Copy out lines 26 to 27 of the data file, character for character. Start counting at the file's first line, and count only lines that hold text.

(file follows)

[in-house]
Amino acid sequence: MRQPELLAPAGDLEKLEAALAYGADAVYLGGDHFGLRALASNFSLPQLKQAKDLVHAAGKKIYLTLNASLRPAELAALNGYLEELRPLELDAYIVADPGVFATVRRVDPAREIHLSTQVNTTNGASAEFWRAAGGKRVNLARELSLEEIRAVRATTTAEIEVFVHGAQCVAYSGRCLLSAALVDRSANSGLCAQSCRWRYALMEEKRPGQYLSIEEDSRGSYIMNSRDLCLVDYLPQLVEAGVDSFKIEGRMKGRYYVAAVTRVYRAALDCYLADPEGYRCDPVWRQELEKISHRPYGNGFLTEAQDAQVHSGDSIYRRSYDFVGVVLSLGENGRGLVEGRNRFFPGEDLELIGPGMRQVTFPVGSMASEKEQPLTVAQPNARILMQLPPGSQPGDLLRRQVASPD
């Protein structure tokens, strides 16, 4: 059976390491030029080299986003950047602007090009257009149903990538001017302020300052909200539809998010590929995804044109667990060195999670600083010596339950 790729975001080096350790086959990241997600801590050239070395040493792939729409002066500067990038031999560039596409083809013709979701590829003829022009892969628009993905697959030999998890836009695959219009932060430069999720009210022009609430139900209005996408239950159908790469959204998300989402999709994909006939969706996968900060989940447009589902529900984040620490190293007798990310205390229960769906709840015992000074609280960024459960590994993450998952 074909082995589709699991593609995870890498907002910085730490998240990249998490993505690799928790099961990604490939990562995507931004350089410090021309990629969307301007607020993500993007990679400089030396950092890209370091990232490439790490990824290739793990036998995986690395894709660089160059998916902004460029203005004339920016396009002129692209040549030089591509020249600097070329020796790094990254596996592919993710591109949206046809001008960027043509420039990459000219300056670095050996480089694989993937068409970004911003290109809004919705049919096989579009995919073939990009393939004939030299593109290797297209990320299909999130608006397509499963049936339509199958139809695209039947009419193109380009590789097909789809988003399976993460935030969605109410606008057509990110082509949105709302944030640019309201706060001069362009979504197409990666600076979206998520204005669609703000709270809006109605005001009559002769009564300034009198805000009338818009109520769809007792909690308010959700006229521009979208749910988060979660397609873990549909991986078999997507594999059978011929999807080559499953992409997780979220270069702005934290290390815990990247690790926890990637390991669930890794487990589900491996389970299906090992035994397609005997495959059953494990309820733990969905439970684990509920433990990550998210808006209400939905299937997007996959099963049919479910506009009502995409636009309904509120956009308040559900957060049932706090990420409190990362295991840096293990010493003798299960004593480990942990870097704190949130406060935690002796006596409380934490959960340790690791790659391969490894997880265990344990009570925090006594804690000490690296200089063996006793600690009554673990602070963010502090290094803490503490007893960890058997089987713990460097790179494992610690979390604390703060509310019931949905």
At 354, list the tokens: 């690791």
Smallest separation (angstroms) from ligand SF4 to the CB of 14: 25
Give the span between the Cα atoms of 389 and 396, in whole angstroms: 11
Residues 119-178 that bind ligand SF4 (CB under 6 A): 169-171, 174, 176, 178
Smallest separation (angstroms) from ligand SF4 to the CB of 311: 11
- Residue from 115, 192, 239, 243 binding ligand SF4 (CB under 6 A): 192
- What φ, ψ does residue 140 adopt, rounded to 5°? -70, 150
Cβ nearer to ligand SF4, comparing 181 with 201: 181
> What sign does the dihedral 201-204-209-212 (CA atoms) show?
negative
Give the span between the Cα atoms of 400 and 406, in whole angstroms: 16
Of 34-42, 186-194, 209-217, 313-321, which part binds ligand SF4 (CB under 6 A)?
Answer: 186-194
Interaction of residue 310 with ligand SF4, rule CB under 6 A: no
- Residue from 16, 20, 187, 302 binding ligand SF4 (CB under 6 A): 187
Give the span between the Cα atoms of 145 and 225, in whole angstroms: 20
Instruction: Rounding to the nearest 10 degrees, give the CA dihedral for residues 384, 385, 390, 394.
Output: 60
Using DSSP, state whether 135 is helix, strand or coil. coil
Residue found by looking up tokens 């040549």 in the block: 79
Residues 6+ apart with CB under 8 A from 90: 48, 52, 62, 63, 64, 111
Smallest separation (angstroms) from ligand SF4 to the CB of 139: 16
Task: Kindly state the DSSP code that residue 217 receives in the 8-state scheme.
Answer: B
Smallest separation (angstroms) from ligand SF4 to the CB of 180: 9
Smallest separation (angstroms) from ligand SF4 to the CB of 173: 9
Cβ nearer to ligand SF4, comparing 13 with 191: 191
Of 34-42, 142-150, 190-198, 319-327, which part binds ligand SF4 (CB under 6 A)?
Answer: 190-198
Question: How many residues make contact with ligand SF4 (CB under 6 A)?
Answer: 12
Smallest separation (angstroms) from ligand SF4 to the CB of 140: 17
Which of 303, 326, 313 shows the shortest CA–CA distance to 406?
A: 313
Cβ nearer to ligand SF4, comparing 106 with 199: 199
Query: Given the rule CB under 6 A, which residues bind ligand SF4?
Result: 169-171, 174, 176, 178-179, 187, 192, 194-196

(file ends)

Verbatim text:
Task: Kindly state the DSSP code that residue 217 receives in the 8-state scheme.
Answer: B